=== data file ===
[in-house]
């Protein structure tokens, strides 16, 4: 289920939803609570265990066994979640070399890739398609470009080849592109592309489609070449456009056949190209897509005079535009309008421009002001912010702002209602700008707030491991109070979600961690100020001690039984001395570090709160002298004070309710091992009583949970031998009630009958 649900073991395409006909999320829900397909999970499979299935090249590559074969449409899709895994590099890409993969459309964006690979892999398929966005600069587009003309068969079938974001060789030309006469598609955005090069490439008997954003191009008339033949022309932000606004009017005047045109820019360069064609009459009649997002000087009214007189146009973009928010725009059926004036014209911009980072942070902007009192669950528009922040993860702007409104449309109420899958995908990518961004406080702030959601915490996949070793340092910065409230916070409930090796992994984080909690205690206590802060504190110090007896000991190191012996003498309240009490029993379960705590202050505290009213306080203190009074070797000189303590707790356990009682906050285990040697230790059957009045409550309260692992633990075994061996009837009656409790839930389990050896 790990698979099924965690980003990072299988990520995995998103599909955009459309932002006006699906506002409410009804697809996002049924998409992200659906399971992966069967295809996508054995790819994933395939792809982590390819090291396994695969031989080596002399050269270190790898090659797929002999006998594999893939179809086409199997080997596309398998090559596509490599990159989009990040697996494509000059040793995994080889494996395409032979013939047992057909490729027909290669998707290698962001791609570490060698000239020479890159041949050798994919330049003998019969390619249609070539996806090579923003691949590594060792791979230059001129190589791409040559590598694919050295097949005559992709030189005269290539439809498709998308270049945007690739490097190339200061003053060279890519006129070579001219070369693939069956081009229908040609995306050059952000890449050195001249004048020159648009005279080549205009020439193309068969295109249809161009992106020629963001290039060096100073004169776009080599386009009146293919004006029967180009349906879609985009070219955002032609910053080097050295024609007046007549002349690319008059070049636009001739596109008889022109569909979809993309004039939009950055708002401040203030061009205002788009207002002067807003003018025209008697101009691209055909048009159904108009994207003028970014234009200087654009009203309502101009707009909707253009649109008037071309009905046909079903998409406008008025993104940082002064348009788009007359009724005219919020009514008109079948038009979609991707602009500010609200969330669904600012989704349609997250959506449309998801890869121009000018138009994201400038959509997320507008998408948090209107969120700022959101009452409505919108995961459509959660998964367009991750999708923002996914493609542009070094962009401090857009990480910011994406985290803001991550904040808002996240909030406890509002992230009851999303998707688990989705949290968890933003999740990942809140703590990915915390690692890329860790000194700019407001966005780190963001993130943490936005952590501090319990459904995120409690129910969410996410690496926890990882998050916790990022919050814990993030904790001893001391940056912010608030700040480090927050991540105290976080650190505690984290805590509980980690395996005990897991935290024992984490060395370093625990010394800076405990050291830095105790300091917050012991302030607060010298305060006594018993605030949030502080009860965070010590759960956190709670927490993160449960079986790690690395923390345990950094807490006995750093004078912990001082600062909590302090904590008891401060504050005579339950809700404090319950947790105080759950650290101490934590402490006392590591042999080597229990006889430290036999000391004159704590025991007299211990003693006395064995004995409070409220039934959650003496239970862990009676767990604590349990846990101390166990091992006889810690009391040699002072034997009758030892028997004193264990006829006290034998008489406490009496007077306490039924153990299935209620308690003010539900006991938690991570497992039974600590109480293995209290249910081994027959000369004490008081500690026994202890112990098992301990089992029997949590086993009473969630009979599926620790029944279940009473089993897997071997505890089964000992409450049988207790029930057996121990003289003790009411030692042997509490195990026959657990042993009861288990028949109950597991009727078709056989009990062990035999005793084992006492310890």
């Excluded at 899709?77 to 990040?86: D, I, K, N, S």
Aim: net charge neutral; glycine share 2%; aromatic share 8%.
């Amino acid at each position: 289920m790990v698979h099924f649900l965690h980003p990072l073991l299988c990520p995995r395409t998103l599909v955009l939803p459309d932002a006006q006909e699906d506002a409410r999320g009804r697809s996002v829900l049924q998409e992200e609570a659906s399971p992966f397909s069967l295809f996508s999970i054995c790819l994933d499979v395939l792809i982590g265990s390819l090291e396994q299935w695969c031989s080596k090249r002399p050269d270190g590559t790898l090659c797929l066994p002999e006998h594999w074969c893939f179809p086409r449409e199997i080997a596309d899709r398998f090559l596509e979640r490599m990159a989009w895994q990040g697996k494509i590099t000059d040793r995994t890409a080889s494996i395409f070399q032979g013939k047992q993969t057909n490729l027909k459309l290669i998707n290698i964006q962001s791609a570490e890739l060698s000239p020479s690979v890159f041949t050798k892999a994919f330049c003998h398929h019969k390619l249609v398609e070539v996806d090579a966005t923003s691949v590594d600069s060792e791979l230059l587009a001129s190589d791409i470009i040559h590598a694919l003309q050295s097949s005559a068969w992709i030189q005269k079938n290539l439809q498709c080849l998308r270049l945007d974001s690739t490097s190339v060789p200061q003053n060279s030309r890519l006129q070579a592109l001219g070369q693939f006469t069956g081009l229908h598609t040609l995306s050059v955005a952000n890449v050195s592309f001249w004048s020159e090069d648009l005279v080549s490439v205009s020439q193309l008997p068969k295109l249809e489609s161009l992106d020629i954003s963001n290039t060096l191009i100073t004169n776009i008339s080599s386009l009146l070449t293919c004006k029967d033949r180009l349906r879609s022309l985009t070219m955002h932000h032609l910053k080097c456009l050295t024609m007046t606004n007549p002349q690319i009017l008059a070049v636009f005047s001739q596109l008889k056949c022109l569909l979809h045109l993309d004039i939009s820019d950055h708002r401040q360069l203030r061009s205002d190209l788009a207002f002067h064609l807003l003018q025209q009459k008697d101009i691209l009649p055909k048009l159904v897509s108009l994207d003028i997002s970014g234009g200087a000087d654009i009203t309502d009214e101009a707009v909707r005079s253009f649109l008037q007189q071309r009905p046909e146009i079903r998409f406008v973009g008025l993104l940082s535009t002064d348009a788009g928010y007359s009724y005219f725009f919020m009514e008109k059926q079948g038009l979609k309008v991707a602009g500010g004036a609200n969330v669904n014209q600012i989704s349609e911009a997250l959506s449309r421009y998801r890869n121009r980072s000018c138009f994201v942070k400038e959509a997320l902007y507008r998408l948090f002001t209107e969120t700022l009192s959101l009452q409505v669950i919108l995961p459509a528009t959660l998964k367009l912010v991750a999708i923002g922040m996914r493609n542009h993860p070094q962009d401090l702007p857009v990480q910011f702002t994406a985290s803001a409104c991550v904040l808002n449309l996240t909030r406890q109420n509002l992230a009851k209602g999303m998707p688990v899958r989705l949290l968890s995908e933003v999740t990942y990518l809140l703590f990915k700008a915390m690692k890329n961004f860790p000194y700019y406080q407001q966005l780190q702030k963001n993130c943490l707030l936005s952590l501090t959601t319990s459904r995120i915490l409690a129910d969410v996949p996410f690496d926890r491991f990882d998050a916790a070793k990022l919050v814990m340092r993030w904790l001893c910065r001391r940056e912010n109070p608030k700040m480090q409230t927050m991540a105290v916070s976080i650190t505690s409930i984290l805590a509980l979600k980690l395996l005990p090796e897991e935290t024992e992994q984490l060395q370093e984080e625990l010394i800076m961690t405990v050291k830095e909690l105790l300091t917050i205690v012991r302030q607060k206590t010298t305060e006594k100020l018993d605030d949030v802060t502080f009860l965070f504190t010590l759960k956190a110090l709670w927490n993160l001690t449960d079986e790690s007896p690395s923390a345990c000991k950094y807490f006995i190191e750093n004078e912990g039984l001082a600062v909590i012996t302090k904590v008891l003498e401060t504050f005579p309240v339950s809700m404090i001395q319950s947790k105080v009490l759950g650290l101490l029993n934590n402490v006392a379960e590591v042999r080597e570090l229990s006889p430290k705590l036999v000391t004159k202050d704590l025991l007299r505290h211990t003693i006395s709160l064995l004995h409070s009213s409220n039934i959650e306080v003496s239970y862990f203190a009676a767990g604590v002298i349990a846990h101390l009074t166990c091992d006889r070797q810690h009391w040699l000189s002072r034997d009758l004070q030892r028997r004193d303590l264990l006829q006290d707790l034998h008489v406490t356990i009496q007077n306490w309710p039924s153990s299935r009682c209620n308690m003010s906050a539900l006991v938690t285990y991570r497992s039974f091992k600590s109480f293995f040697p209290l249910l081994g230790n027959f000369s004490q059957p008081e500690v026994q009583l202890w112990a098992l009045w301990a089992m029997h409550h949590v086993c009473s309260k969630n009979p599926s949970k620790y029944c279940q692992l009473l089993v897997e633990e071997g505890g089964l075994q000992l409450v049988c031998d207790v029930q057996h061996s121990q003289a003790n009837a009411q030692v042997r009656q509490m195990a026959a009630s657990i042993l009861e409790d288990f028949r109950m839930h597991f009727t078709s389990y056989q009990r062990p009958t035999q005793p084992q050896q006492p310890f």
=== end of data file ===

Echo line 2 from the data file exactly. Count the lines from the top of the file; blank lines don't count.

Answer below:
């Protein structure tokens, strides 16, 4: 289920939803609570265990066994979640070399890739398609470009080849592109592309489609070449456009056949190209897509005079535009309008421009002001912010702002209602700008707030491991109070979600961690100020001690039984001395570090709160002298004070309710091992009583949970031998009630009958 649900073991395409006909999320829900397909999970499979299935090249590559074969449409899709895994590099890409993969459309964006690979892999398929966005600069587009003309068969079938974001060789030309006469598609955005090069490439008997954003191009008339033949022309932000606004009017005047045109820019360069064609009459009649997002000087009214007189146009973009928010725009059926004036014209911009980072942070902007009192669950528009922040993860702007409104449309109420899958995908990518961004406080702030959601915490996949070793340092910065409230916070409930090796992994984080909690205690206590802060504190110090007896000991190191012996003498309240009490029993379960705590202050505290009213306080203190009074070797000189303590707790356990009682906050285990040697230790059957009045409550309260692992633990075994061996009837009656409790839930389990050896 790990698979099924965690980003990072299988990520995995998103599909955009459309932002006006699906506002409410009804697809996002049924998409992200659906399971992966069967295809996508054995790819994933395939792809982590390819090291396994695969031989080596002399050269270190790898090659797929002999006998594999893939179809086409199997080997596309398998090559596509490599990159989009990040697996494509000059040793995994080889494996395409032979013939047992057909490729027909290669998707290698962001791609570490060698000239020479890159041949050798994919330049003998019969390619249609070539996806090579923003691949590594060792791979230059001129190589791409040559590598694919050295097949005559992709030189005269290539439809498709998308270049945007690739490097190339200061003053060279890519006129070579001219070369693939069956081009229908040609995306050059952000890449050195001249004048020159648009005279080549205009020439193309068969295109249809161009992106020629963001290039060096100073004169776009080599386009009146293919004006029967180009349906879609985009070219955002032609910053080097050295024609007046007549002349690319008059070049636009001739596109008889022109569909979809993309004039939009950055708002401040203030061009205002788009207002002067807003003018025209008697101009691209055909048009159904108009994207003028970014234009200087654009009203309502101009707009909707253009649109008037071309009905046909079903998409406008008025993104940082002064348009788009007359009724005219919020009514008109079948038009979609991707602009500010609200969330669904600012989704349609997250959506449309998801890869121009000018138009994201400038959509997320507008998408948090209107969120700022959101009452409505919108995961459509959660998964367009991750999708923002996914493609542009070094962009401090857009990480910011994406985290803001991550904040808002996240909030406890509002992230009851999303998707688990989705949290968890933003999740990942809140703590990915915390690692890329860790000194700019407001966005780190963001993130943490936005952590501090319990459904995120409690129910969410996410690496926890990882998050916790990022919050814990993030904790001893001391940056912010608030700040480090927050991540105290976080650190505690984290805590509980980690395996005990897991935290024992984490060395370093625990010394800076405990050291830095105790300091917050012991302030607060010298305060006594018993605030949030502080009860965070010590759960956190709670927490993160449960079986790690690395923390345990950094807490006995750093004078912990001082600062909590302090904590008891401060504050005579339950809700404090319950947790105080759950650290101490934590402490006392590591042999080597229990006889430290036999000391004159704590025991007299211990003693006395064995004995409070409220039934959650003496239970862990009676767990604590349990846990101390166990091992006889810690009391040699002072034997009758030892028997004193264990006829006290034998008489406490009496007077306490039924153990299935209620308690003010539900006991938690991570497992039974600590109480293995209290249910081994027959000369004490008081500690026994202890112990098992301990089992029997949590086993009473969630009979599926620790029944279940009473089993897997071997505890089964000992409450049988207790029930057996121990003289003790009411030692042997509490195990026959657990042993009861288990028949109950597991009727078709056989009990062990035999005793084992006492310890």